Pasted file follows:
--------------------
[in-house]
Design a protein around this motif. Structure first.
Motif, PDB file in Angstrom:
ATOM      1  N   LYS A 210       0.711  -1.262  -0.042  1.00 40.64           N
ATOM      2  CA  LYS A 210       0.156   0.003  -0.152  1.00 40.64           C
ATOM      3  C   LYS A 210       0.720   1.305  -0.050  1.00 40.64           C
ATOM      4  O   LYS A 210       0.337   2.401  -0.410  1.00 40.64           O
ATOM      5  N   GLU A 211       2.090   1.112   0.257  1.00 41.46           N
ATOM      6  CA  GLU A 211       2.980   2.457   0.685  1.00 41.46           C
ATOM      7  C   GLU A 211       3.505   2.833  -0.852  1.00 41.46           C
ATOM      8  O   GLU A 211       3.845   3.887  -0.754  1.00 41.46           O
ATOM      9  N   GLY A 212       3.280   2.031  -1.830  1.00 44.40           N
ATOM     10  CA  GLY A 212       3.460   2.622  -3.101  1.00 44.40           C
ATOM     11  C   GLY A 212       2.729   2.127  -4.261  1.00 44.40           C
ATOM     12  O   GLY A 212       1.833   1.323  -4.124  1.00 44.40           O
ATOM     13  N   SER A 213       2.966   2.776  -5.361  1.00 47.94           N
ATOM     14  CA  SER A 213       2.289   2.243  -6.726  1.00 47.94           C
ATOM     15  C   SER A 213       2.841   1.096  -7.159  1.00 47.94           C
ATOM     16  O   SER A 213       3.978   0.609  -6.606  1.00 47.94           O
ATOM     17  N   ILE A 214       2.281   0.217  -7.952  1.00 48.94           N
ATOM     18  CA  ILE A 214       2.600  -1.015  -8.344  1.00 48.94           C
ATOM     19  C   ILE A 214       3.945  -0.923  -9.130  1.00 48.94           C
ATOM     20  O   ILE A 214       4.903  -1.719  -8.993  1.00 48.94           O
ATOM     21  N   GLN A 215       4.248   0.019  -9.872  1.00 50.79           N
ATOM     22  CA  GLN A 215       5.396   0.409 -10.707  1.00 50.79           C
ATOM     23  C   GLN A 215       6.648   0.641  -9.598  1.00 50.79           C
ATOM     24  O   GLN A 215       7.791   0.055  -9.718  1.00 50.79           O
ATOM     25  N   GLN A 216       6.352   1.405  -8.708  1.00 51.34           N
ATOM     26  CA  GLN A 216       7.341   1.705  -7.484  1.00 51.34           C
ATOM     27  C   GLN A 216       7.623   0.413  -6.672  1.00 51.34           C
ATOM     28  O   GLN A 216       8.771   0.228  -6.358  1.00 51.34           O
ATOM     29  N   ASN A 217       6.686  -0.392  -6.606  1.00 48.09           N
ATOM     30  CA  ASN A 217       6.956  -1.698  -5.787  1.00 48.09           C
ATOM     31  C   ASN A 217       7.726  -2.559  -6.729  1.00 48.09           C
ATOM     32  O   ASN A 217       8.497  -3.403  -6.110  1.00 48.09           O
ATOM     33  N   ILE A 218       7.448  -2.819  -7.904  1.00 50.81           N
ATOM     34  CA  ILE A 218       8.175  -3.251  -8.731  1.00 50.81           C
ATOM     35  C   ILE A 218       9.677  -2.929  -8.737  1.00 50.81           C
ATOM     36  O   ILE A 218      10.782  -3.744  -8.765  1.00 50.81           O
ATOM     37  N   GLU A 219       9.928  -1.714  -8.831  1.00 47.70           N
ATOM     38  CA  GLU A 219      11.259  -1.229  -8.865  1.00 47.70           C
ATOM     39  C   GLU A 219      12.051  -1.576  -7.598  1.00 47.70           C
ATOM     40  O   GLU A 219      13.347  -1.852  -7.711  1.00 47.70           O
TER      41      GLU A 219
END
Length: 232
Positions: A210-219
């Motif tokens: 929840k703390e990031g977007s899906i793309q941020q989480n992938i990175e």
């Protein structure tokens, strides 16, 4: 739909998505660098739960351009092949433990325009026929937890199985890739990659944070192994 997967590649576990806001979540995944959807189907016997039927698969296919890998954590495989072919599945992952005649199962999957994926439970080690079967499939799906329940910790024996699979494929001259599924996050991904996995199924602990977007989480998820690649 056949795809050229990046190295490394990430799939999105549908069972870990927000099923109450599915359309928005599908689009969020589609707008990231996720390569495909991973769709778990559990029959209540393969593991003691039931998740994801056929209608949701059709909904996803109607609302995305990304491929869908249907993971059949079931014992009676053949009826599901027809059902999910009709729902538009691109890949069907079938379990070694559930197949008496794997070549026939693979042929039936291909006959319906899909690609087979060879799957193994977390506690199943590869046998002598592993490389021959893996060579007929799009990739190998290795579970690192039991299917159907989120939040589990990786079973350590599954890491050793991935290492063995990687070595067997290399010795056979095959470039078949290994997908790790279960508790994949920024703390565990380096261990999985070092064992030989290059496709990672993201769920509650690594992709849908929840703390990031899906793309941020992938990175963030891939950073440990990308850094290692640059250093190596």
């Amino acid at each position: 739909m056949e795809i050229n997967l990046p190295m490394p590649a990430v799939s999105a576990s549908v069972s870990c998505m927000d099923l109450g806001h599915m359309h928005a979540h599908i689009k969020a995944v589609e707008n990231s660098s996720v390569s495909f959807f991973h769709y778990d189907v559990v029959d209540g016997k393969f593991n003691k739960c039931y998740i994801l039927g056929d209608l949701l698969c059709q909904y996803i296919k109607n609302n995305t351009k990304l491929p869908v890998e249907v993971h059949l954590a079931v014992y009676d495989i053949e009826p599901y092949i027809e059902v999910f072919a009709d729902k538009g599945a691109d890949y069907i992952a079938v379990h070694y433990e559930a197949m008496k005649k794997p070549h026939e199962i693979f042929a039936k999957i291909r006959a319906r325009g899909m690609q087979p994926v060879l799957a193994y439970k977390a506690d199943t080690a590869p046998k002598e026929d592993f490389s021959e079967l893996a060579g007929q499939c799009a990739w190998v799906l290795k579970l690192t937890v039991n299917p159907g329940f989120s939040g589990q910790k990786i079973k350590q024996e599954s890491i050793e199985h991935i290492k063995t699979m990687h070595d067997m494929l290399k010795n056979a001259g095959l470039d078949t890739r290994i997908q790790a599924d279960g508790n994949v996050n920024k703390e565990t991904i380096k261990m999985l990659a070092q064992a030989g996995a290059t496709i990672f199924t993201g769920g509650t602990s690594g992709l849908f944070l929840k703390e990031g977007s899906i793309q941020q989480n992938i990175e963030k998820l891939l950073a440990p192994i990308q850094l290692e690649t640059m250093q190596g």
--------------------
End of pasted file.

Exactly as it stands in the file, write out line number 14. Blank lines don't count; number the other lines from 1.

ATOM     11  C   GLY A 212       2.729   2.127  -4.261  1.00 44.40           C